Krk nightlife doesn't quite match up to Croatia's primo-party island Hvar, but Krk town has crowded bars along the harbour and around nearby Vela Placa, the entrance to the Old Town. Most bars close around 1am. If you want to keep the party going longer, there’s Jungle in Krk town or the Boa in Malinska.
A doorway in the Old Town wall opens to the gorgeous garden terrace of this party hub, also a cavernous two-floor indoor club. It is often the liveliest bar in Krk, with drinkers packing in from early in the evening. The garden has a great bar, which serves cocktails until 2am but go inside for DJs from Italy and Croatia, live music and later drinking.
Editor's note: Disco Bar Jungle is closed with no immediate plans to reopen. A summer disco in the heart of Krk Old Town pumps out mainstream pop and disco hits for lighthearted holidaymakers. Guest DJs from around Europe break up the regular beat. The crowd is predominantly young but because there are few other places around, there is a little more age range than in most Croatian clubs. Open at sporadic weekends in winter.
Krk is most known for šurlice, thin tubes of pasta to be eaten with goulash or lamb stew; and the local white wine, Vrbnička, from Vrbnik, best tried in situ at the hilltop village itself The best options in Krk town are on the waterfront, including the Konoba Corsaro,
As you cross the high-altitude bridge connecting the Rijeka motorway to Krk island, the sea looks huge, but the tall rocky cliffs that swallow the road ahead are even more imposing. By the time you reach Croatia’s largest and most populous island, the mainland feels miles away. As you might expect, Croatia's largest island packs a decent range of activities and sightseeing destinations, the Baška Aquarium being a choice pick. Read on for our local expert's guide to the best things to do in Krk.
As you cross the high-altitude bridge connecting the Rijeka motorway to Krk island, the sea looks huge, but the tall rocky cliffs that swallow the road ahead are even more imposing. By the time you reach Croatia’s largest and most populous island, the mainland feels miles away. A widely varied group of attractive resort towns awaits. Heavily touristed Krk town has bustling bars, naff souvenir stands and fancy gift shops, arranged in and around ancient buildings. Near Krk island’s southern tip is another busy resort, Baška, with a famous Blue Flag sandy beach: at nearly two kilometres, it’s one of the longest of its kind on the coast. Malinska, with perhaps the island’s best concentration of good restaurants, is less hectic, though it does boast a destination late-night club. Vrbnik is a quieter place to go for gastronomic delights. Omišalj, one of the towns closest to the mainland bridge, is the home of Rijeka’s airport. RECOMMENDED: More great travel destinations in Croatia.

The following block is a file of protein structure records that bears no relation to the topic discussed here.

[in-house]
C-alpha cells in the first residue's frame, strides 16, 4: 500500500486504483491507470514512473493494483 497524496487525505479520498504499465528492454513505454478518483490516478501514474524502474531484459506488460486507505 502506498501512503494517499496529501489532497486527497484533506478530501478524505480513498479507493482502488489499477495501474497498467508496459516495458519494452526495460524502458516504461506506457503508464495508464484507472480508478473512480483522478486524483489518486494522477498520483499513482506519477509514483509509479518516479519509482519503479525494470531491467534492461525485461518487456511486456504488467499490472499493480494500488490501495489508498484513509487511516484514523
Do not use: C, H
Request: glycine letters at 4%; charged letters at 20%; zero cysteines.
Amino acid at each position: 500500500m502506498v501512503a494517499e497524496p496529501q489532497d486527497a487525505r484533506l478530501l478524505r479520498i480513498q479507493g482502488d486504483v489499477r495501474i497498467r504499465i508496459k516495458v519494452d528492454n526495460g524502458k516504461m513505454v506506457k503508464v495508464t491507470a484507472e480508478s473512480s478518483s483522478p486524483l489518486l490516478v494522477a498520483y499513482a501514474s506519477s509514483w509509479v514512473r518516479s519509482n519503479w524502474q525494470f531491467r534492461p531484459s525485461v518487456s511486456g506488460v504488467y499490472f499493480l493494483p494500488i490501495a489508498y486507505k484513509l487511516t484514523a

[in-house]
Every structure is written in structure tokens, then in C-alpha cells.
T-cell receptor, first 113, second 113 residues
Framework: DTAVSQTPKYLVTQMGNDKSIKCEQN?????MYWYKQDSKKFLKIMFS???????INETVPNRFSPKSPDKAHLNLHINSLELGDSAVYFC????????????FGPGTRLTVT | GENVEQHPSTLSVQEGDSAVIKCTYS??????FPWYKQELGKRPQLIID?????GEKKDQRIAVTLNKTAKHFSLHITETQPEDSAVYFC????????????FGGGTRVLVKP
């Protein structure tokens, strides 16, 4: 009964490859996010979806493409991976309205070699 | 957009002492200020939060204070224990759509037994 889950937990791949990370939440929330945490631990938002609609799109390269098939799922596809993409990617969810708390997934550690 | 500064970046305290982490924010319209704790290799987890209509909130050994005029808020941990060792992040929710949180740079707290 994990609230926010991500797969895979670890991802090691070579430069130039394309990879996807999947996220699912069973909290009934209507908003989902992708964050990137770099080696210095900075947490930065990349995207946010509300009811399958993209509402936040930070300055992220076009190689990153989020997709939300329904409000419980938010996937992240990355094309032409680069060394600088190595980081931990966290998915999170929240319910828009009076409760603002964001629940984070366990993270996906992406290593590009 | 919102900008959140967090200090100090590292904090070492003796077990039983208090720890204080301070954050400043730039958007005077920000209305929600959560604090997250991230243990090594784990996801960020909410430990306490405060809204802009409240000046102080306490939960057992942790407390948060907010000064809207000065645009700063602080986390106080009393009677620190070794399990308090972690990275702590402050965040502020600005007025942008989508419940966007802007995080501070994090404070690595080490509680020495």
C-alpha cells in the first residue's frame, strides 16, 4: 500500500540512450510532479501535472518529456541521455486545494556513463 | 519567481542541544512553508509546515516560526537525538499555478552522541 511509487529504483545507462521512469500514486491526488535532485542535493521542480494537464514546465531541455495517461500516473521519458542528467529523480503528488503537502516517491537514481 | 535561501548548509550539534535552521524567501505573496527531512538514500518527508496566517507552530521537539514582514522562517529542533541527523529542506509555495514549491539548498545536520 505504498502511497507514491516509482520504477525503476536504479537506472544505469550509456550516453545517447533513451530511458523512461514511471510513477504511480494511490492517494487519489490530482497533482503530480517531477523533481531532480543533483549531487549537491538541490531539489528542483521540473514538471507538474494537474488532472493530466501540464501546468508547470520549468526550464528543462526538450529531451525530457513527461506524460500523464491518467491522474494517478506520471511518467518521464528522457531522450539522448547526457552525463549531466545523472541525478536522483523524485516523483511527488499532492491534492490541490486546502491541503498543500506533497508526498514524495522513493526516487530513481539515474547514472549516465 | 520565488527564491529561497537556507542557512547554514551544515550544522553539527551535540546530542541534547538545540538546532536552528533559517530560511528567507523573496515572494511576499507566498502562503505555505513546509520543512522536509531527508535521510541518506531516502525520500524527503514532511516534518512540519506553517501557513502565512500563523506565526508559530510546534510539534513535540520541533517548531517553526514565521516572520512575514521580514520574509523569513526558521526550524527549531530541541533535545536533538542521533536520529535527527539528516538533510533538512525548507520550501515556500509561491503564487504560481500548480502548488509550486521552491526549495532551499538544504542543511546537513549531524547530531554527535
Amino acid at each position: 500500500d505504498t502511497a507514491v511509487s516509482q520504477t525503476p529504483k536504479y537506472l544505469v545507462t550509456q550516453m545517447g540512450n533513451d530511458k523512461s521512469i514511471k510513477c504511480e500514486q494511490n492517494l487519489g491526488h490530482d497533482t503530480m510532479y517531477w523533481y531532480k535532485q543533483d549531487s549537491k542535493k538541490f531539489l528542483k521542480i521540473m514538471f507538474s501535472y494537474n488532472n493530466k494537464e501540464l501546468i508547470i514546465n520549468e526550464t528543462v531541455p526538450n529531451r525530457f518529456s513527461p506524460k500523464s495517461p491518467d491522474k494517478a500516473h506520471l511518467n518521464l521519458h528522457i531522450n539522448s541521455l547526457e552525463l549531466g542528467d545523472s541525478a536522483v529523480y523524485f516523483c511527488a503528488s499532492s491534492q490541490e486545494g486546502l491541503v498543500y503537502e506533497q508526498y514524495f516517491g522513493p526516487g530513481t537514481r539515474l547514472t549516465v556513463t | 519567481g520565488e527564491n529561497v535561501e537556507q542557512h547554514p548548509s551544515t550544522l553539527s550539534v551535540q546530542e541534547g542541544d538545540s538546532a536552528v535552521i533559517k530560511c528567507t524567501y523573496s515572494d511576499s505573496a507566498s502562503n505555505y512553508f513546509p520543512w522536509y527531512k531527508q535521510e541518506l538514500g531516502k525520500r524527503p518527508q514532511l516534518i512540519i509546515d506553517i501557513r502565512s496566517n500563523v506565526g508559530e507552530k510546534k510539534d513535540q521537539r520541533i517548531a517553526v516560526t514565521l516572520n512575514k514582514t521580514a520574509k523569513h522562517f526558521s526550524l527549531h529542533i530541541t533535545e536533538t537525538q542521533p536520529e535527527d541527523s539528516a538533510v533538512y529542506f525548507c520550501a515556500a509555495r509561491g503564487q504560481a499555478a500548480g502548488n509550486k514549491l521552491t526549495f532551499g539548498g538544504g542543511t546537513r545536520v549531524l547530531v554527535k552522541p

Of the decent restaurants on Krk town harbour, this is the more spacious, with 120 seats, 90 on the terrace. It also has the more attentive waiters. Along with recommended seafood – catch of the day and the platter for two in particular – the Konobar Corsaro offers šurlice with goulash, and a rather delicious steak with truffles.
An 80-year-old family business that has morphed into one of the Kvarner Gulf’s best-known gastronomic destinations, the smart, stylish Rivica is one of those places that strikes an almost perfect balance between local cuisine and modern European fine-dining expectations. The menu is obviously Mediterranean-seafood based, with plenty of favourites from the local recipe books (shrimp and courgette risotto), Kvarner classics such as škampi buzara (scampi in wine sauce), and the odd fusion recipe (a tuna starter with wasabi and soy sauce). If you just want expertly grilled fresh white fish, then Rivica is one of the best places to dig in.
This family-run three-star offers 20 rooms within easy reach of Krk town but closer to pretty Punat. Overlooking the marina, the Kanajt was a 16th-century summer retreat for local bishops, and calm still reigns. The warm welcome (and warm bathrooms) engender repeat custom.
The big terrace by the bustling harbour is not the only asset here – Franica offers some of the better food on tourist-swamped Baška. The seafood menu includes two types of fish platter for two, plus scallops, tuna steak and mackerel. They also focus on old-style recipes from Kvarner and Istria. Local delights, concocted with seasonal ingredients, include a hearty goulash with potatoes Krk-style, and a roasted octopus so rich and filling that, were it not for the taste, you would swear it was beef.